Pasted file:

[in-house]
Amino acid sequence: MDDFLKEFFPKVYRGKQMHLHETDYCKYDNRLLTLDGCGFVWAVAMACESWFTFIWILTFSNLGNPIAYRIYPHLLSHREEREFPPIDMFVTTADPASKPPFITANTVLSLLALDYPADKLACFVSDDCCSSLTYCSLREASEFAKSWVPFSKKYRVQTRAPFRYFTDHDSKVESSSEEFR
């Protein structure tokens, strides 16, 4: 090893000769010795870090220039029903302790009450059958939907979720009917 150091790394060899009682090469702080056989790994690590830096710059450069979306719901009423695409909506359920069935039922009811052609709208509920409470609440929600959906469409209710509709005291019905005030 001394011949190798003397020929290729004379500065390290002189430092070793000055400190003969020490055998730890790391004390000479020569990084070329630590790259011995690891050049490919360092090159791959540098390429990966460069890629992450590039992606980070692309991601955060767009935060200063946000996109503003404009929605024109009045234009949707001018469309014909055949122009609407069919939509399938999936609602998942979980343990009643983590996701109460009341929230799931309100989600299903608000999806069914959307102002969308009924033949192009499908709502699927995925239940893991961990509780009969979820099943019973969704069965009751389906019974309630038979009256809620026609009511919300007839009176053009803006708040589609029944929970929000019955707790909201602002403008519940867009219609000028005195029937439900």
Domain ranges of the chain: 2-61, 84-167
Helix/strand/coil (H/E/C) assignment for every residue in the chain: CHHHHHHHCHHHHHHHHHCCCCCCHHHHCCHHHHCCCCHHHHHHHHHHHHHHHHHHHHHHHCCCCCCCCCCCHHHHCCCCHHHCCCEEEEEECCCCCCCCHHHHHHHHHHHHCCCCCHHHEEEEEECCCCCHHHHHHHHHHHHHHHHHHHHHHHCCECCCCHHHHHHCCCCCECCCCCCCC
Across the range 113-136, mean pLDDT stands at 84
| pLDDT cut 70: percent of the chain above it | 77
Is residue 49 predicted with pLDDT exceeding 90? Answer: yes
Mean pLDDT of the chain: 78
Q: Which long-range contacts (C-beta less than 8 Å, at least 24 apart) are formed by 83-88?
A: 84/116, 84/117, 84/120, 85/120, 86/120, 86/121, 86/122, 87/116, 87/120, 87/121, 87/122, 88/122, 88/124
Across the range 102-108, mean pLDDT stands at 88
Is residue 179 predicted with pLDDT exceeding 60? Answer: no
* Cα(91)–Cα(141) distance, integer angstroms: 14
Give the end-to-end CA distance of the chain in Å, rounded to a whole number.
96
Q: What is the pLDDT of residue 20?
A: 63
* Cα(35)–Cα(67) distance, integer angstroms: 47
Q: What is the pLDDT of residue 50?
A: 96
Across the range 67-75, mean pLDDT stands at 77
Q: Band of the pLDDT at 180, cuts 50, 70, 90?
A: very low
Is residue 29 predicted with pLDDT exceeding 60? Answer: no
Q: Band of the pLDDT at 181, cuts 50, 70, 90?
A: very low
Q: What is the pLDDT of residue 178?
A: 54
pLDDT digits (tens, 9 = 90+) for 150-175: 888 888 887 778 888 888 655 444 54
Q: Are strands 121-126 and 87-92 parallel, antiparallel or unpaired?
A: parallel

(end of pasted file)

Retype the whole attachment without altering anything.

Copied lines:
[in-house]
Amino acid sequence: MDDFLKEFFPKVYRGKQMHLHETDYCKYDNRLLTLDGCGFVWAVAMACESWFTFIWILTFSNLGNPIAYRIYPHLLSHREEREFPPIDMFVTTADPASKPPFITANTVLSLLALDYPADKLACFVSDDCCSSLTYCSLREASEFAKSWVPFSKKYRVQTRAPFRYFTDHDSKVESSSEEFR
């Protein structure tokens, strides 16, 4: 090893000769010795870090220039029903302790009450059958939907979720009917 150091790394060899009682090469702080056989790994690590830096710059450069979306719901009423695409909506359920069935039922009811052609709208509920409470609440929600959906469409209710509709005291019905005030 001394011949190798003397020929290729004379500065390290002189430092070793000055400190003969020490055998730890790391004390000479020569990084070329630590790259011995690891050049490919360092090159791959540098390429990966460069890629992450590039992606980070692309991601955060767009935060200063946000996109503003404009929605024109009045234009949707001018469309014909055949122009609407069919939509399938999936609602998942979980343990009643983590996701109460009341929230799931309100989600299903608000999806069914959307102002969308009924033949192009499908709502699927995925239940893991961990509780009969979820099943019973969704069965009751389906019974309630038979009256809620026609009511919300007839009176053009803006708040589609029944929970929000019955707790909201602002403008519940867009219609000028005195029937439900």
Domain ranges of the chain: 2-61, 84-167
Helix/strand/coil (H/E/C) assignment for every residue in the chain: CHHHHHHHCHHHHHHHHHCCCCCCHHHHCCHHHHCCCCHHHHHHHHHHHHHHHHHHHHHHHCCCCCCCCCCCHHHHCCCCHHHCCCEEEEEECCCCCCCCHHHHHHHHHHHHCCCCCHHHEEEEEECCCCCHHHHHHHHHHHHHHHHHHHHHHHCCECCCCHHHHHHCCCCCECCCCCCCC
Across the range 113-136, mean pLDDT stands at 84
| pLDDT cut 70: percent of the chain above it | 77
Is residue 49 predicted with pLDDT exceeding 90? Answer: yes
Mean pLDDT of the chain: 78
Q: Which long-range contacts (C-beta less than 8 Å, at least 24 apart) are formed by 83-88?
A: 84/116, 84/117, 84/120, 85/120, 86/120, 86/121, 86/122, 87/116, 87/120, 87/121, 87/122, 88/122, 88/124
Across the range 102-108, mean pLDDT stands at 88
Is residue 179 predicted with pLDDT exceeding 60? Answer: no
* Cα(91)–Cα(141) distance, integer angstroms: 14
Give the end-to-end CA distance of the chain in Å, rounded to a whole number.
96
Q: What is the pLDDT of residue 20?
A: 63
* Cα(35)–Cα(67) distance, integer angstroms: 47
Q: What is the pLDDT of residue 50?
A: 96
Across the range 67-75, mean pLDDT stands at 77
Q: Band of the pLDDT at 180, cuts 50, 70, 90?
A: very low
Is residue 29 predicted with pLDDT exceeding 60? Answer: no
Q: Band of the pLDDT at 181, cuts 50, 70, 90?
A: very low
Q: What is the pLDDT of residue 178?
A: 54
pLDDT digits (tens, 9 = 90+) for 150-175: 888 888 887 778 888 888 655 444 54
Q: Are strands 121-126 and 87-92 parallel, antiparallel or unpaired?
A: parallel